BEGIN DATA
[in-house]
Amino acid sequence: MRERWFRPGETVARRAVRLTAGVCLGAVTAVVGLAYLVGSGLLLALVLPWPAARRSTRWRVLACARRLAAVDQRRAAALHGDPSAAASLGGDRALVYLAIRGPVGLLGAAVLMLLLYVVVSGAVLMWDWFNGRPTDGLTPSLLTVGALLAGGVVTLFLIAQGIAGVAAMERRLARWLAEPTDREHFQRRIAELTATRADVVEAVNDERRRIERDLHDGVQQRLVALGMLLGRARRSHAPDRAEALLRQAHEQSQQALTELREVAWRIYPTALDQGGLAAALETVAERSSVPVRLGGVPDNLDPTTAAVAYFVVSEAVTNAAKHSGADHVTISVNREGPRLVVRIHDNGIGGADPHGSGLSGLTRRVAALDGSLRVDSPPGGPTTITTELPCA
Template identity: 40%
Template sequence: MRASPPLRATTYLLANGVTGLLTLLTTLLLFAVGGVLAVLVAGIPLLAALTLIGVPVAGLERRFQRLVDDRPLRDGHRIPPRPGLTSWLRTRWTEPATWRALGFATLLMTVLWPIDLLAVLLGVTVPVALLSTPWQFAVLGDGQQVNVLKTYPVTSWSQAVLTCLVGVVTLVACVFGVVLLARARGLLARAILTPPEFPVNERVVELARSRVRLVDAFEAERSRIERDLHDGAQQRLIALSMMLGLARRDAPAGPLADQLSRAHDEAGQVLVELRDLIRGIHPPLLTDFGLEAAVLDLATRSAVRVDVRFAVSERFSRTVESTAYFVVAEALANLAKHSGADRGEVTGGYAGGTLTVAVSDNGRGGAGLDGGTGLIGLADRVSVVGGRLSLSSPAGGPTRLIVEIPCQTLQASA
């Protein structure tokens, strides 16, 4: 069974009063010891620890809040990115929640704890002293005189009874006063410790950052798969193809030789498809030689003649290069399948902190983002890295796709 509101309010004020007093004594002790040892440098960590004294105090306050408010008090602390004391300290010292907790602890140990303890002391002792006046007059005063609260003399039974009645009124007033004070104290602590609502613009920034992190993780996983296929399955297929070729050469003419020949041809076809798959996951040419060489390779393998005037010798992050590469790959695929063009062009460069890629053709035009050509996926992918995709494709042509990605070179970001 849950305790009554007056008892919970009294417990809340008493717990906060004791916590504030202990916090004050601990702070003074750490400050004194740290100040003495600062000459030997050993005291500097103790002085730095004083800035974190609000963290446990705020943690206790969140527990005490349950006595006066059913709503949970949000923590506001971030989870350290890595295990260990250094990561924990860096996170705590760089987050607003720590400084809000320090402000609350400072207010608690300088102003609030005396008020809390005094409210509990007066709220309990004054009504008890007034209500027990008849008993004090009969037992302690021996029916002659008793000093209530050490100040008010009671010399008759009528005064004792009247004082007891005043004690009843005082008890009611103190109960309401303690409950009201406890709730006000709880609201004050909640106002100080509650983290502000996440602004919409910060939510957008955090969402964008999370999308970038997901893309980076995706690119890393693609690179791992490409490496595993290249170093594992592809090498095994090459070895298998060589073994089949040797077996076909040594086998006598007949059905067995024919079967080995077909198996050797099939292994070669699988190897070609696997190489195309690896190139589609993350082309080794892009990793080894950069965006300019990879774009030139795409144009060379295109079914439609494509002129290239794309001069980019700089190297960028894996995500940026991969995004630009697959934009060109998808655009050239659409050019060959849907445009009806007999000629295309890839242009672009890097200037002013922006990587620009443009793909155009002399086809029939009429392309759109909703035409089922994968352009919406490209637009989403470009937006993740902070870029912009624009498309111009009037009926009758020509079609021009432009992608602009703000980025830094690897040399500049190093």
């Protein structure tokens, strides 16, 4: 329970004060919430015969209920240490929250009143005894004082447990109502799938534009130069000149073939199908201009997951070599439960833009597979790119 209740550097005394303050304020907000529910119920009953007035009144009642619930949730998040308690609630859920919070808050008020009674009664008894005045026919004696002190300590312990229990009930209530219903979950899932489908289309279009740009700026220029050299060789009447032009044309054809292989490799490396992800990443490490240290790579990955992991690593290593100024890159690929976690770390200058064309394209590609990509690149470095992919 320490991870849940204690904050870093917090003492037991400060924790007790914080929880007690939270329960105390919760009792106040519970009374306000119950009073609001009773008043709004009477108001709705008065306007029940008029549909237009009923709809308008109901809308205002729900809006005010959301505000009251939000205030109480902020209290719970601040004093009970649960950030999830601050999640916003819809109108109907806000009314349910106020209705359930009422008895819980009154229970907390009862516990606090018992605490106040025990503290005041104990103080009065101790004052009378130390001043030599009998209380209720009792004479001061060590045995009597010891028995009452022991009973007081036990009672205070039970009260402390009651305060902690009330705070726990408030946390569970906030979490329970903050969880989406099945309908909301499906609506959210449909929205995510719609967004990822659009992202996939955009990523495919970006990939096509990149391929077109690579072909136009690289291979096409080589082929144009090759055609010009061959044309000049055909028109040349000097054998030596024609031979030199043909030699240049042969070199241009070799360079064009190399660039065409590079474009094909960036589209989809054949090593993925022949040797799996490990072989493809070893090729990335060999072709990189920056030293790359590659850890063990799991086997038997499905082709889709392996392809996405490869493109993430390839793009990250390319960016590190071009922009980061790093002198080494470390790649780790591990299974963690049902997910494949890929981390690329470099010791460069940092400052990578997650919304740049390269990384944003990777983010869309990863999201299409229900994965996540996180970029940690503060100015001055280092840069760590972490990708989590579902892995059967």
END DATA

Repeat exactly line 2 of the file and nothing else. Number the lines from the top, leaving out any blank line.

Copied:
Amino acid sequence: MRERWFRPGETVARRAVRLTAGVCLGAVTAVVGLAYLVGSGLLLALVLPWPAARRSTRWRVLACARRLAAVDQRRAAALHGDPSAAASLGGDRALVYLAIRGPVGLLGAAVLMLLLYVVVSGAVLMWDWFNGRPTDGLTPSLLTVGALLAGGVVTLFLIAQGIAGVAAMERRLARWLAEPTDREHFQRRIAELTATRADVVEAVNDERRRIERDLHDGVQQRLVALGMLLGRARRSHAPDRAEALLRQAHEQSQQALTELREVAWRIYPTALDQGGLAAALETVAERSSVPVRLGGVPDNLDPTTAAVAYFVVSEAVTNAAKHSGADHVTISVNREGPRLVVRIHDNGIGGADPHGSGLSGLTRRVAALDGSLRVDSPPGGPTTITTELPCA